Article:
“ʻImiloa brings together members of the Hawaiian and astronomy communities to share a common vision for the future, bringing information about the cultural and natural history of Mauna Kea to students, teachers, our local residents, and visitors from around the world,” says their website. “‘Imiloa links to early Polynesian navigation history and knowledge of the night skies, and today’s renaissance of Hawaiian culture and wayfinding with parallel growth of astronomy and scientific developments on Hawai‘i Island.”

Wayfinding Exhibit at ʻImiloa Astronomy Center in Hilo

Among many other fascinating programs is A Hua He Inoa, a collaboration led by ‘Imiloa which brings together Hawaiian-speaking students, educators and scientists to name astronomical discoveries. A recent example is the black hole, Pōwehi” Embellished Dark Source of Unending Creation.”

It’s also a lot of fun. From the moment you drive up to the cone-shaped silver structures, you know you’re in for something special. The exhibits are excellent, complete with soundtrack and subdued lighting, and the planetarium will take your breath away. There’s a restaurant, gift shop, and a nature garden outside.

For those who want to see the celestial sights for themselves, there are no public tours of the telescopes themselves, but there are numerous stargazing and summit tours. One of the best is Hawai‘i Forest and Trail. Founder and CEO Rob Pacheco and his team have been sharing the island since 1990, and their expertise shows. HFT also has a “Give-Back Tour” that combines a trip up the mountain with some volunteer time with the Waikoloa Dry Forest Initiative, preserving an endangered habitat. Additionally, $20 of each ticket price is directly donated.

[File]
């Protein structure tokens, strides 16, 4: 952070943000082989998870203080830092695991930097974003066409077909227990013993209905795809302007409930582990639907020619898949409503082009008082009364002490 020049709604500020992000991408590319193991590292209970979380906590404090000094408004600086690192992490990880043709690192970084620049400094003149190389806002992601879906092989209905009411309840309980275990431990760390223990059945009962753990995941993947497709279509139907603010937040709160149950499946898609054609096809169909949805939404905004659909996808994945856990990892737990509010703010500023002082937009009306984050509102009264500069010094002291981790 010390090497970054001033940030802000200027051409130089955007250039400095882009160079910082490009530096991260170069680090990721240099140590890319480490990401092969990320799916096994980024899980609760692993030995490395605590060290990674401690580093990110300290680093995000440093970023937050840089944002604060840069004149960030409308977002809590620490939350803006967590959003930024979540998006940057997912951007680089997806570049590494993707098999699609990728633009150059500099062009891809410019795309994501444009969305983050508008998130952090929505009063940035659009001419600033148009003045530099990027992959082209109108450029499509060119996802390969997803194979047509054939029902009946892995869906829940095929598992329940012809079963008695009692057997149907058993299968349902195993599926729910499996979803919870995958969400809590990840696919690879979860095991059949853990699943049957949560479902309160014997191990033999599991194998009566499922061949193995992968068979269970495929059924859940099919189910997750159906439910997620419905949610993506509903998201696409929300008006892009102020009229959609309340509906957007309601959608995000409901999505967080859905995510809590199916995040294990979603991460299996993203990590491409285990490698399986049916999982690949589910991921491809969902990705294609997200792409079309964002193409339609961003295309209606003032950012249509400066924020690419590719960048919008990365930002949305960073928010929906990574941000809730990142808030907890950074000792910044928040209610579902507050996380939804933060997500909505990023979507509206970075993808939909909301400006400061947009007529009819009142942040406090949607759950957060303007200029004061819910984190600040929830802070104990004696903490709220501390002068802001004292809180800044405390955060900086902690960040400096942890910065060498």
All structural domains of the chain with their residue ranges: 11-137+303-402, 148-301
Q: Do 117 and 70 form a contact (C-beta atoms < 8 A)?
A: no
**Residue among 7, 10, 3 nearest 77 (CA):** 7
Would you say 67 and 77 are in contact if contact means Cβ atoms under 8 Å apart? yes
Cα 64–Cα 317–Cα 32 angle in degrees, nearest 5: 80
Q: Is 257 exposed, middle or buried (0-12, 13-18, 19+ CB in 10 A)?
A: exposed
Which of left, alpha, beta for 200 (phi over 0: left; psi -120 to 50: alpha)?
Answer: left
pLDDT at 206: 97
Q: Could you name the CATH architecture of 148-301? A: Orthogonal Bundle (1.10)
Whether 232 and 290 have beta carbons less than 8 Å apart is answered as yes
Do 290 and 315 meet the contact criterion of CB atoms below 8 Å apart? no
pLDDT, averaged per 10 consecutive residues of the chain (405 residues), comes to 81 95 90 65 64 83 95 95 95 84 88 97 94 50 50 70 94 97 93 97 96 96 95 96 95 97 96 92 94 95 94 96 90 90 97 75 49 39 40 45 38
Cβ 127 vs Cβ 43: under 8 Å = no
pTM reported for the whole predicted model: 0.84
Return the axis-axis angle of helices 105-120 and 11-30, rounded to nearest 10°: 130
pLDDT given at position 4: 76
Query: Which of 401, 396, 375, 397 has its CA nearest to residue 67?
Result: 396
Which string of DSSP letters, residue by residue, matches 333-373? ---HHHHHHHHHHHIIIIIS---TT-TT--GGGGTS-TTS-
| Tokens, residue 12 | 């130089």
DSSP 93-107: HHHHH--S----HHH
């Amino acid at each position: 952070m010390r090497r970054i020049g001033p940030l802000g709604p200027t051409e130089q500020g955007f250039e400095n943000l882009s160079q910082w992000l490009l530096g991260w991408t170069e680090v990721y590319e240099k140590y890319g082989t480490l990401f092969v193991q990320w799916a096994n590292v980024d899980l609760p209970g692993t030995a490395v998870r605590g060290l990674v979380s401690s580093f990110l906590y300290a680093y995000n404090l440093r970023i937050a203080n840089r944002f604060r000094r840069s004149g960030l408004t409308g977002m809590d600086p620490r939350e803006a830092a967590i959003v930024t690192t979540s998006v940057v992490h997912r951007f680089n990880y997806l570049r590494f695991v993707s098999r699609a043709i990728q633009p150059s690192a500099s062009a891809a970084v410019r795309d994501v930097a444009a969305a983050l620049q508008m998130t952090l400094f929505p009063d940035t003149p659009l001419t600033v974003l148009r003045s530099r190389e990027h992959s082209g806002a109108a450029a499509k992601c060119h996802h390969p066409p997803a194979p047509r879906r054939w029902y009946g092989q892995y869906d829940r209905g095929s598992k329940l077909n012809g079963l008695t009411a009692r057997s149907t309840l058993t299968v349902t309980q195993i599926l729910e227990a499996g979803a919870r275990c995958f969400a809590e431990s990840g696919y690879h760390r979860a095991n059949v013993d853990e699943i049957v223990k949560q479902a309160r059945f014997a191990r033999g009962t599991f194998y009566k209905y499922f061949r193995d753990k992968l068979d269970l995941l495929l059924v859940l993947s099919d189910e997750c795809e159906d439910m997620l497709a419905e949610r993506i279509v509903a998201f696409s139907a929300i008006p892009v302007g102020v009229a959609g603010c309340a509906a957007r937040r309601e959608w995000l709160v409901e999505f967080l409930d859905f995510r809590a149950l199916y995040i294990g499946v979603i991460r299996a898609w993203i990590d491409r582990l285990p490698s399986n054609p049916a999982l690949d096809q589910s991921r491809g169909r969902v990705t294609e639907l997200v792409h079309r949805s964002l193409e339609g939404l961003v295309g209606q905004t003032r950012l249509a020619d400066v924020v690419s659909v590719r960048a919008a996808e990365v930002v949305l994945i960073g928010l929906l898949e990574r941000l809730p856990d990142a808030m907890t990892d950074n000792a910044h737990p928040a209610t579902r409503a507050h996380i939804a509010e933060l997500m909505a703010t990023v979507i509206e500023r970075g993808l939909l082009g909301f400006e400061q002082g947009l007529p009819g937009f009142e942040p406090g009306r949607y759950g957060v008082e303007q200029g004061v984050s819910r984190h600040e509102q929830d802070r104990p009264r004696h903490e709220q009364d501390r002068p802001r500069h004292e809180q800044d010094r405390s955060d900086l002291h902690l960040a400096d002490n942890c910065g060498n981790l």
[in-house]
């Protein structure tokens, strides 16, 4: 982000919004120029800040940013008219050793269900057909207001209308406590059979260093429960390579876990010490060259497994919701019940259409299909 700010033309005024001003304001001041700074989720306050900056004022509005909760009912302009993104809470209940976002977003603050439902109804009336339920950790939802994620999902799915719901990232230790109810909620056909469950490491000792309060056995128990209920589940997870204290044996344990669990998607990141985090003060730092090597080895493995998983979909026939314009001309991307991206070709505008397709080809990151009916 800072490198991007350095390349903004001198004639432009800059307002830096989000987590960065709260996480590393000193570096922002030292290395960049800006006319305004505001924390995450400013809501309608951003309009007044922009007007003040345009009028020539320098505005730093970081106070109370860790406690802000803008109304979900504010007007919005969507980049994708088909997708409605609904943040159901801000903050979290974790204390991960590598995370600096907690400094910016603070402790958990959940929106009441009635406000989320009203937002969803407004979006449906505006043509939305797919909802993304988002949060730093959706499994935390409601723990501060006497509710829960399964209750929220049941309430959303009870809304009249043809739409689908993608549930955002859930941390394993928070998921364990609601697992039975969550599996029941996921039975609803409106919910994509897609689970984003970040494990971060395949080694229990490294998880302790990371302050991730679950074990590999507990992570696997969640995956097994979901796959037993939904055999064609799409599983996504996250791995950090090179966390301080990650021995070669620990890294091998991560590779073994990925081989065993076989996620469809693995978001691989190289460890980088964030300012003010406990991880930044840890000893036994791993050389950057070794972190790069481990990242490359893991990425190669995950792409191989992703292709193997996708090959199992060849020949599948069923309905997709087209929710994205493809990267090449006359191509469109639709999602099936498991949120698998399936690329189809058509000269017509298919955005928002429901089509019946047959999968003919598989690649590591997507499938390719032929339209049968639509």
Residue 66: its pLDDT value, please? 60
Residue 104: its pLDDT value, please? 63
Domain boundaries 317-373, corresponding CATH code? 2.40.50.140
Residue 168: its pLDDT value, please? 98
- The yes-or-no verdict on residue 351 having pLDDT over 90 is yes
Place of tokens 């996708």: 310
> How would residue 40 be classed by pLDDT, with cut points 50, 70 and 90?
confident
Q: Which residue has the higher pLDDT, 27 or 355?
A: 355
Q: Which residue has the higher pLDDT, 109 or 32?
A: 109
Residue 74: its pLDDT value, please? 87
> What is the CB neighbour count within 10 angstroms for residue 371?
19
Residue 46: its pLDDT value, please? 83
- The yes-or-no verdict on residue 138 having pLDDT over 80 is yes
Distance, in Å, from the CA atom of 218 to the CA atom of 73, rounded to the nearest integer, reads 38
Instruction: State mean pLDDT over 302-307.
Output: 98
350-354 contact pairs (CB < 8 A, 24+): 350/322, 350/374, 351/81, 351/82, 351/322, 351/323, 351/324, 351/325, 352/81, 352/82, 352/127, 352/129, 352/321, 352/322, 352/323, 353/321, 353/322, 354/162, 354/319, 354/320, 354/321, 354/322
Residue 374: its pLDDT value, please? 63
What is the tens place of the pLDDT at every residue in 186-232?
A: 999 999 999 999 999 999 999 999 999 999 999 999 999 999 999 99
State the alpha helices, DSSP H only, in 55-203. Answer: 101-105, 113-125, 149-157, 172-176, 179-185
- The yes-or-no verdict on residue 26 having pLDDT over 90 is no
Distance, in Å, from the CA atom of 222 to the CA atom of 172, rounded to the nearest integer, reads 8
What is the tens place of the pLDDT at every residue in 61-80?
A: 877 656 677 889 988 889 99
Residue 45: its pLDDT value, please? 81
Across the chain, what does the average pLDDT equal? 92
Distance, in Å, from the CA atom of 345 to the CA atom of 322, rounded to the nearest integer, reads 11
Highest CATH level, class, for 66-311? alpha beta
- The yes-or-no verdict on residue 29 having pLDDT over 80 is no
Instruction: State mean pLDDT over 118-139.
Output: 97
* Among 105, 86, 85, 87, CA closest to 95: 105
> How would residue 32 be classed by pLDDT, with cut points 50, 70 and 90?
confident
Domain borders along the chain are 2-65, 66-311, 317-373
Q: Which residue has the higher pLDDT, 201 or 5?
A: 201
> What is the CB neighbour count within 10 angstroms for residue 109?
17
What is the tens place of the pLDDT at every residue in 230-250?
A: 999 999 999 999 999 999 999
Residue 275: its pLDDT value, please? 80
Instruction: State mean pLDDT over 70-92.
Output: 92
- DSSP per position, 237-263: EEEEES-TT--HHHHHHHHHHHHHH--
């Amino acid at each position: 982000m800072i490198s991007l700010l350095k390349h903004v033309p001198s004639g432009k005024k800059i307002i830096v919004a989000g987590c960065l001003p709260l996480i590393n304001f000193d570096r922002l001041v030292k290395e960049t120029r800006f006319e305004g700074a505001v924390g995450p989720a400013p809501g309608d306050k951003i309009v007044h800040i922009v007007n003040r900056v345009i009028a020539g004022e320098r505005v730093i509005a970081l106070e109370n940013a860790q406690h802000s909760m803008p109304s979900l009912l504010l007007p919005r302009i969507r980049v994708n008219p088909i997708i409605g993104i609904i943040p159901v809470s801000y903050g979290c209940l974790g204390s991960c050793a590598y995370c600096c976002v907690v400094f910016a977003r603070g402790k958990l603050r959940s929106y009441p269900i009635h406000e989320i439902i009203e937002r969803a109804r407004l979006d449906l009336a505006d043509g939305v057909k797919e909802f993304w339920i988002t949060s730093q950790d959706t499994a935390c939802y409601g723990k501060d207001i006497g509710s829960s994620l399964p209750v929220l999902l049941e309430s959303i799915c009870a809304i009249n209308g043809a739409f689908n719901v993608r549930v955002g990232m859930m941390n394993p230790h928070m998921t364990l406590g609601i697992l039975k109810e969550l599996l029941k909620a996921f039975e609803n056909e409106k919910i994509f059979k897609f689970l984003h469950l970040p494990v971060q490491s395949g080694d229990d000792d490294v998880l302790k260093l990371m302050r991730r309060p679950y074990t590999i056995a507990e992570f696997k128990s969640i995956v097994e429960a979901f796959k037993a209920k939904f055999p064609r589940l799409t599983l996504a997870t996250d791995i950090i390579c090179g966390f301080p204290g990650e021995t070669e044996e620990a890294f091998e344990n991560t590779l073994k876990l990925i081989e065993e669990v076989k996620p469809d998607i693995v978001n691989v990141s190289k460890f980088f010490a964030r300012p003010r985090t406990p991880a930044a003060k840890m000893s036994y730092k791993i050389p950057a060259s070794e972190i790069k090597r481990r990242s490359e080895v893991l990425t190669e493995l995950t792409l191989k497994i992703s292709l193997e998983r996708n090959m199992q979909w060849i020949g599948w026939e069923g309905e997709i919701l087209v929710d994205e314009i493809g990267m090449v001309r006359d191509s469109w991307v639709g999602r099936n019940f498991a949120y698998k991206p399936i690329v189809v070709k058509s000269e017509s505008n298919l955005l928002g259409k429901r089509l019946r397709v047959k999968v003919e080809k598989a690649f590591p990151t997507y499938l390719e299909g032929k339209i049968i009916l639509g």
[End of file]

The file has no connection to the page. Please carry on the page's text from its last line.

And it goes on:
This is a nine-hour adventure that goes from hot, sunny Waikoloa to freezing, possibly wet weather at the summit, so it’s not for everyone. Those who are able to make the trek enjoy a warm picnic dinner and talk-story at the Ellison Onizuka Visitor Center, then go to the summit for a spectacular sunset from the highest point in Hawai‘i. Afterwards, the group returns to the center for stargazing through an 11” Celestron telescope—while sipping hot chocolate of course.

If you want to do it on your own, the Visitor Center is open daily from 9 a.m.-9 p.m. It is accessible by a regular vehicle (not 4WD), with restrooms, a gift shop, education programs and more. Weather conditions make operations subject to change, so check the website before you go up.

Back on the ground, the Mauna Kea observatories host a busy schedule of community outreach programs, in-school learning opportunities, public lectures, astronomy fairs and festivals, and more.

The Maunakea Observatories include:

And if that doesn’t satisfy your newfound passion for astronomy, the Bishop Museum has incredible online resources. These include an astronomy events calendar, Hawaiian sky maps, moon phases, and much more.

Enjoy your trek through the stars of Hawaiian skies!

The Milky Way, courtesy Hawaii Forest and Trail and It's a Thing Imagery
Photo credit to @itsathingimagery, courtesy Hawai’i Forest and Trail
Posted in: Astronomy